I have always hated tasting menus. Those over-complicated, over-coursed, over-buttery, too much foie gras, too long, sick-inducing extravagances.
I have always hated tasting menus. Those over-complicated, over-coursed, over-buttery, too much foie gras, too long, sick-inducing extravagances. They can cost an arm and a leg and are too often about a chef’s ego than the realistic desires of a diner to have his or her taste buds sated.
There are times when I have arrived at a restaurant and the chef has said, beaming, ‘It would be my pleasure to give you the tasting menu.’ How can you refuse the prospect of course after course of chefiness? Each one exemplifying the master’s art.
Well sometimes I have fought back and refused to accept the largesse. I have put my foot down, said ‘enough is enough’ or rather ‘too much is far too much’ and have merely accepted a three course menu with freebies, amuses bouches and so on such that I might as well have accepted the full monty tasting thing in the first place.
Well I say that I have always detested these things. But occasionally events occur that make the food critic swallow his words, humbly admit that he or she was wrong, that the big, self-aggrandizing menu was worth it, that there were merits in its multi-mouthful marathon.
And such an occasion just happened to me. There I was nimbly nipping to Le Bernardin in New York – a posh fish place on West 51st Street, between 6th and 7th Avenue – thinking I could have a light fishy bite between meetings when the chef, Eric Ripert, approached my table and attempted to ruin everything.
‘Would you like the tasting menu?’ he asked.
‘Of course I wouldn’t,’ I replied. Actually it came out as, ‘Sadly not as we really don’t have the time.’
“Well how much time do you have?’ he persisted outrageously, quite clearly not getting the message that ‘I DON’T WANT YOUR OVER-BLOWN, PUFFED UP TASTING MENU.’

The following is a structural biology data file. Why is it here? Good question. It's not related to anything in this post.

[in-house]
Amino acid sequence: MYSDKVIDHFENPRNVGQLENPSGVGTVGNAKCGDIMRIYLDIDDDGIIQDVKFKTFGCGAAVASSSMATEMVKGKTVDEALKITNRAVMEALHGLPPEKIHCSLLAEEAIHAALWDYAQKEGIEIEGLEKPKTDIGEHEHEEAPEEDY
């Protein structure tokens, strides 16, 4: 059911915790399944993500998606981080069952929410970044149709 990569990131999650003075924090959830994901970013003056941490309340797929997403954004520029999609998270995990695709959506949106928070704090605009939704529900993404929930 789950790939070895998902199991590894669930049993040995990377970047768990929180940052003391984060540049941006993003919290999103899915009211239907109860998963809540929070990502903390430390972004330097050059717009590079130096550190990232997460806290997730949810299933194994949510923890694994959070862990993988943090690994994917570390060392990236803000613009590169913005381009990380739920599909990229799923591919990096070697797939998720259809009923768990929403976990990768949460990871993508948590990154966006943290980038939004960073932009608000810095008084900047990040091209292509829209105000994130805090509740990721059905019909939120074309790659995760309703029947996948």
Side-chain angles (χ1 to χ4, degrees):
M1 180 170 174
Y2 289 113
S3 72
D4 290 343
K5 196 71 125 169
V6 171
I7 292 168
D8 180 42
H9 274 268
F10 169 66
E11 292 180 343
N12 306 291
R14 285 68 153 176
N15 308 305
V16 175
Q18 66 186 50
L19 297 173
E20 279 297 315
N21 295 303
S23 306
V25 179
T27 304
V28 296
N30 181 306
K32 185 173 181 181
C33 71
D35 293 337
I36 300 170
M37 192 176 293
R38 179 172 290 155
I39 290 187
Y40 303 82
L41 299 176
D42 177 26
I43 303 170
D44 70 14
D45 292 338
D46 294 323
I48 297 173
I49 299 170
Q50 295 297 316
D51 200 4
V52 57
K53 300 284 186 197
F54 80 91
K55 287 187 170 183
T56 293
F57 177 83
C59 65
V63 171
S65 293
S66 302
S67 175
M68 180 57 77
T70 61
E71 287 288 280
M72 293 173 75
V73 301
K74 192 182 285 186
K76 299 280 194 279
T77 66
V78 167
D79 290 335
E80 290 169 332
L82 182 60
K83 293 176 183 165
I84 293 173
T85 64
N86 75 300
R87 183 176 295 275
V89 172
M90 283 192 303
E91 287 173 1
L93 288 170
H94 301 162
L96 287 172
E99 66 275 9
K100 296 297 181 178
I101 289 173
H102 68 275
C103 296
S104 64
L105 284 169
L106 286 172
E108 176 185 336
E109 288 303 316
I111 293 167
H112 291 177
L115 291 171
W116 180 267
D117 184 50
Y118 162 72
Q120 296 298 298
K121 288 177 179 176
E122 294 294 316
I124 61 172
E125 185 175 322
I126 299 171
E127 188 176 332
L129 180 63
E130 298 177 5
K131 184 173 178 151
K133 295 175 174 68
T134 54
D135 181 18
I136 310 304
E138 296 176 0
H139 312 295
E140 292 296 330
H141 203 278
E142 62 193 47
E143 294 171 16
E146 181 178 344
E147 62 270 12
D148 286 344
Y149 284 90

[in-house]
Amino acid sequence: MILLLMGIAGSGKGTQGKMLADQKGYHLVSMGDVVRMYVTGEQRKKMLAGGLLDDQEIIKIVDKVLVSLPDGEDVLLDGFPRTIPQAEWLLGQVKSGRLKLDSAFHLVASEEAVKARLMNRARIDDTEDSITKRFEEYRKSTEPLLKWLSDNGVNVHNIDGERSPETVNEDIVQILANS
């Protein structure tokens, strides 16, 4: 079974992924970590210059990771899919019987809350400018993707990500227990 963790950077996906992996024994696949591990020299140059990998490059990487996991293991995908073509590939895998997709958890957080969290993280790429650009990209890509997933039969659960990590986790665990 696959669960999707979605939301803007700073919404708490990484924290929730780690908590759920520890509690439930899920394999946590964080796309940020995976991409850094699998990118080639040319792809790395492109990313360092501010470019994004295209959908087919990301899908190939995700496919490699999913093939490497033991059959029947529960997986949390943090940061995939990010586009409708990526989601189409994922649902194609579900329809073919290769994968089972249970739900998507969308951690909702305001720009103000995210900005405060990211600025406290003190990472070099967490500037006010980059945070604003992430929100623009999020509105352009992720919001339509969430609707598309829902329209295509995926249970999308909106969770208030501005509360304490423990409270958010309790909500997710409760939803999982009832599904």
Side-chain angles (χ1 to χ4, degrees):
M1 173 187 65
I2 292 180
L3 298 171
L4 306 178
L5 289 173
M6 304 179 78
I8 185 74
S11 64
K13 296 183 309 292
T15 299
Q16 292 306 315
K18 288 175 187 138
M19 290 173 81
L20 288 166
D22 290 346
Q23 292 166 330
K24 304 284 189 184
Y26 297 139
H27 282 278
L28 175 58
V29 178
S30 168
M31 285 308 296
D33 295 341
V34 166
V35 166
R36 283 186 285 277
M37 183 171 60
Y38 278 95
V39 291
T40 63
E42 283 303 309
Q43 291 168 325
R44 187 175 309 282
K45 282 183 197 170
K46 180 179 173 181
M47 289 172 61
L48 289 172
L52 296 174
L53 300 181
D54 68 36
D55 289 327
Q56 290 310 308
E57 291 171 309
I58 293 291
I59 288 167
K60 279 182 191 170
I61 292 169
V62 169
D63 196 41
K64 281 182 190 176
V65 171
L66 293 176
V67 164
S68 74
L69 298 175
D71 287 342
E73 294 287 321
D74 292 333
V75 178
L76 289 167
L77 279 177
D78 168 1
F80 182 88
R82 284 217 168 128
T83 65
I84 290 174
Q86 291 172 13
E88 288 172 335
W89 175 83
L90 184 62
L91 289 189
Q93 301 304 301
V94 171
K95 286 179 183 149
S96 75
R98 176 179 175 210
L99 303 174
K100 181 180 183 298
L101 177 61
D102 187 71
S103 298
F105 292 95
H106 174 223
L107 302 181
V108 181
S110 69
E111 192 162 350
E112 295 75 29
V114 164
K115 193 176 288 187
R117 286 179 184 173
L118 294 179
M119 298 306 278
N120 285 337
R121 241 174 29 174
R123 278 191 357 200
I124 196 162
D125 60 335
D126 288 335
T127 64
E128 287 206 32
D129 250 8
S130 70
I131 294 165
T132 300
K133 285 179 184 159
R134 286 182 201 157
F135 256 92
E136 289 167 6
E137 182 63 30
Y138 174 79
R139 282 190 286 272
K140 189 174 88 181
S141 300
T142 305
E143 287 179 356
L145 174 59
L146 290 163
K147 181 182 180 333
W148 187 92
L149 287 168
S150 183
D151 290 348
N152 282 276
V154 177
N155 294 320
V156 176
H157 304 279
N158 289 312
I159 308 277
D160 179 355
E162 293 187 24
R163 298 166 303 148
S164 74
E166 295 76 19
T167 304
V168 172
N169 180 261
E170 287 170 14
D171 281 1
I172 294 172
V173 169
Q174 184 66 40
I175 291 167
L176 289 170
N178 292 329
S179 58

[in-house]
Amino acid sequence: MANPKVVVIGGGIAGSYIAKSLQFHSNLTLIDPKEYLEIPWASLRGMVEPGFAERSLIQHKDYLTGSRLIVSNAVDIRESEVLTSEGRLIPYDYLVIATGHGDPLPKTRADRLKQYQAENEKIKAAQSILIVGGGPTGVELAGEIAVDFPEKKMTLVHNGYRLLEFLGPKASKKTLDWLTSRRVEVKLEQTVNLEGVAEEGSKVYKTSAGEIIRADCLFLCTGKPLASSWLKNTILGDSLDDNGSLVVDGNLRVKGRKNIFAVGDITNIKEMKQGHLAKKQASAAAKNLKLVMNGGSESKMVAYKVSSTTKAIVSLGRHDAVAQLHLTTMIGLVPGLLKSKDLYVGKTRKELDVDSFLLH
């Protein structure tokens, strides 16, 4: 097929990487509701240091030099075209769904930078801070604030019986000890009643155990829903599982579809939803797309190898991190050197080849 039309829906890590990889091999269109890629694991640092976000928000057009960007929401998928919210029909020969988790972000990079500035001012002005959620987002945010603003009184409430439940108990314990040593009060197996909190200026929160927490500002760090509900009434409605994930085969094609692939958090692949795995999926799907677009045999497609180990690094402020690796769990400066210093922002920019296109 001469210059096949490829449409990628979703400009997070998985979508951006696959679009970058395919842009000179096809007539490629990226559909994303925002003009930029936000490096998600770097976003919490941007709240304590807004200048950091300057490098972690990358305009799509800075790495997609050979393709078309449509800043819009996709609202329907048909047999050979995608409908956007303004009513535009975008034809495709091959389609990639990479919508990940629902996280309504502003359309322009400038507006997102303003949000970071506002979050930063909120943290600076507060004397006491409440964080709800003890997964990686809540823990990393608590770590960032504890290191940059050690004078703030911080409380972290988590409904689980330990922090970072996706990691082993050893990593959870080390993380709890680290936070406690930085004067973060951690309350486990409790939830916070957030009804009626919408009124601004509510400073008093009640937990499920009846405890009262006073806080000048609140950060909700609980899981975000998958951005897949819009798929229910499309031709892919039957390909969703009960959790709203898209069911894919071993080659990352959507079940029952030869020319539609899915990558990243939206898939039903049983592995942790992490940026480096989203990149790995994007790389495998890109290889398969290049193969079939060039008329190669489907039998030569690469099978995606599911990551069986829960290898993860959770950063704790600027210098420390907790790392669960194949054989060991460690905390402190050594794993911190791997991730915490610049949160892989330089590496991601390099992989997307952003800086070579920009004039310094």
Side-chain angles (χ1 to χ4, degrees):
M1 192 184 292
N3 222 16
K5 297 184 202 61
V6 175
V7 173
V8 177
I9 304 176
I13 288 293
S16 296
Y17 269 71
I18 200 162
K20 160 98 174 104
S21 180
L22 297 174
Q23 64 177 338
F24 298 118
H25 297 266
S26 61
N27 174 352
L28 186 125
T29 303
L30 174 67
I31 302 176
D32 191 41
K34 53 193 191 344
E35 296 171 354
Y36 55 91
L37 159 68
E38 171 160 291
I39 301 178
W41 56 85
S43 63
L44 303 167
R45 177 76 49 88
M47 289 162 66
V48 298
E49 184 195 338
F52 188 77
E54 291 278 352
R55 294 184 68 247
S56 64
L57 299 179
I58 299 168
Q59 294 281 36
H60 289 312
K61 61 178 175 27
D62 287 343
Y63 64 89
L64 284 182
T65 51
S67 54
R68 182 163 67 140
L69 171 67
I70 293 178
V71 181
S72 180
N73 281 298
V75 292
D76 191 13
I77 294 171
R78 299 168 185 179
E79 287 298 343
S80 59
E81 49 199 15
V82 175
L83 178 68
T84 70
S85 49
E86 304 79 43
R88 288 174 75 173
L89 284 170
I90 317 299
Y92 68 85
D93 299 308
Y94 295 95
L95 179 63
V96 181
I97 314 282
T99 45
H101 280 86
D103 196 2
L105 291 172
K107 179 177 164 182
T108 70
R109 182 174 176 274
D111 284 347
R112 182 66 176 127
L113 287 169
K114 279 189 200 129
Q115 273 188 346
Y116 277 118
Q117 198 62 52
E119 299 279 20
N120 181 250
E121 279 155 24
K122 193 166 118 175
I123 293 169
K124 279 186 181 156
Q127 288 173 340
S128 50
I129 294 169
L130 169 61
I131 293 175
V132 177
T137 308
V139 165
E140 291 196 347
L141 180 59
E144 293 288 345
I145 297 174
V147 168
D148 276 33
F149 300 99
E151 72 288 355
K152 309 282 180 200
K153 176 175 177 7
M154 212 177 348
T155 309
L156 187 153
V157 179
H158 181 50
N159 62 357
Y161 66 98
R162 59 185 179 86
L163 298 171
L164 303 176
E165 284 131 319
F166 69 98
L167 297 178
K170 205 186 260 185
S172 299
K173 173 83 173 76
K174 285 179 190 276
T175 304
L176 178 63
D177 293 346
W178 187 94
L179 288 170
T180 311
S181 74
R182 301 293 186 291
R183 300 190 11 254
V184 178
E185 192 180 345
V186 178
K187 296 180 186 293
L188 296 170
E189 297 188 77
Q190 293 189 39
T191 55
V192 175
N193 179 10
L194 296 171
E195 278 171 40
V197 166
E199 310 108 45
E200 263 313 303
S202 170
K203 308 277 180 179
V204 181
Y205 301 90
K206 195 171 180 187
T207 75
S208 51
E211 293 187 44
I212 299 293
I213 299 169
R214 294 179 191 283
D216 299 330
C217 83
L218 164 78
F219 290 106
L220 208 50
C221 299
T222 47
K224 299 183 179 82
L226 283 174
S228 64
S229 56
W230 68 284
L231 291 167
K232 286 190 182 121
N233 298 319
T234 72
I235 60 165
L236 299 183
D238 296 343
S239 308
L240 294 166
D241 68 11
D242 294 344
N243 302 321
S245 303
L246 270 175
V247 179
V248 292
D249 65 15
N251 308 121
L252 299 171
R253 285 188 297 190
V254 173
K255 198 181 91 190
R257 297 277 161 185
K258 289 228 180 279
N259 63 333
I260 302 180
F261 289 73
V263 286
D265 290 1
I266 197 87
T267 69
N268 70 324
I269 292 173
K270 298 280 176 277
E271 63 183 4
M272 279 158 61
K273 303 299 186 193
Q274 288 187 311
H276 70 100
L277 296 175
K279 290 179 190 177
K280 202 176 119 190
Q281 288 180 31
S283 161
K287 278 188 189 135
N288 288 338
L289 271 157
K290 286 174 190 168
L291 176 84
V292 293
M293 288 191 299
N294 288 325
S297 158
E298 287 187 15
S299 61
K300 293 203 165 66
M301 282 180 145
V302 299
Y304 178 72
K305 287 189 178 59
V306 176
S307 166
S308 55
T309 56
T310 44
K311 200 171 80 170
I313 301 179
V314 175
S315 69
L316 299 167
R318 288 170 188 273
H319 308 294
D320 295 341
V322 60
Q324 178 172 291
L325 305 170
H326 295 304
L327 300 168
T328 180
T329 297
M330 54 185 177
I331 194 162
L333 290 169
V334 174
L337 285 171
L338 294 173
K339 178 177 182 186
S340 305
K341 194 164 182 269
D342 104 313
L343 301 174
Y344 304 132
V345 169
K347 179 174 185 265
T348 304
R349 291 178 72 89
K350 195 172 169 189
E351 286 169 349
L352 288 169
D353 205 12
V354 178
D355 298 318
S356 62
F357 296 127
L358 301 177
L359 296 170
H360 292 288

‘I have to be out by ten to three,’ I said knowing this would win the argument, because tasting menus take hours and this gave him precisely an hour and a half.
‘No problem,’ he said and disappeared before I could say amuse bouche of cauliflower veloute on a bed of broccoli cous cous in a suckling pig jus with radish reduction.
And before I had time to sniff a mere, ’It’s not possible to churn out all those courses with any kind of dexterous skill in the time we have’ they started to arrive.
There was a wholesome salmon pate type mousse with melba toast that was so far from the poncey idea of clever nibbley canapé type stuff that I had expected. Then the most beautiful piece of yellow fin tuna coupled with a strip of foie gras hiding underneath on toasted baguette astonished me. To mix tuna and foie gras. To mix lean, delicate raw fish with sweet, fatty duck liver? Christ it worked. And only the truly skilled craftsman could do that.
There was also a dish of crab-filled zucchini flowers, with a truffle sauce. Surely the sauce was going to ruin and overpower the main event. It didn’t; it added to it wonderfully.
On and on it went. Fish dishes with rich wines sauces, fish dishes mixed with turnip. Cruel insults to fish in the wrong hands. In Eric’s, revelatory moments. And each dish was paired by a sommelier with such a deft touch that we were left reeling. A sublime traminer from France, a wine from Austria that smelt so fragrantly of elderflower you wondered how a grape could possibly achieve such a flavor.
Then 2.50pm came and we had finished on the dot. And off I tripped for my meeting thinking of what culinary experience I had had while others managed a sandwich, brownie and a latte.
If you ever yearn for a tasting menu, or think you never wanted one, hasten to Le Bernardin. But for god’s sake put a suit on, unlike me, who was proffered a jacket and made to feel like a filthy urchin who didn’t know what was good for him. Which at the time was quite right.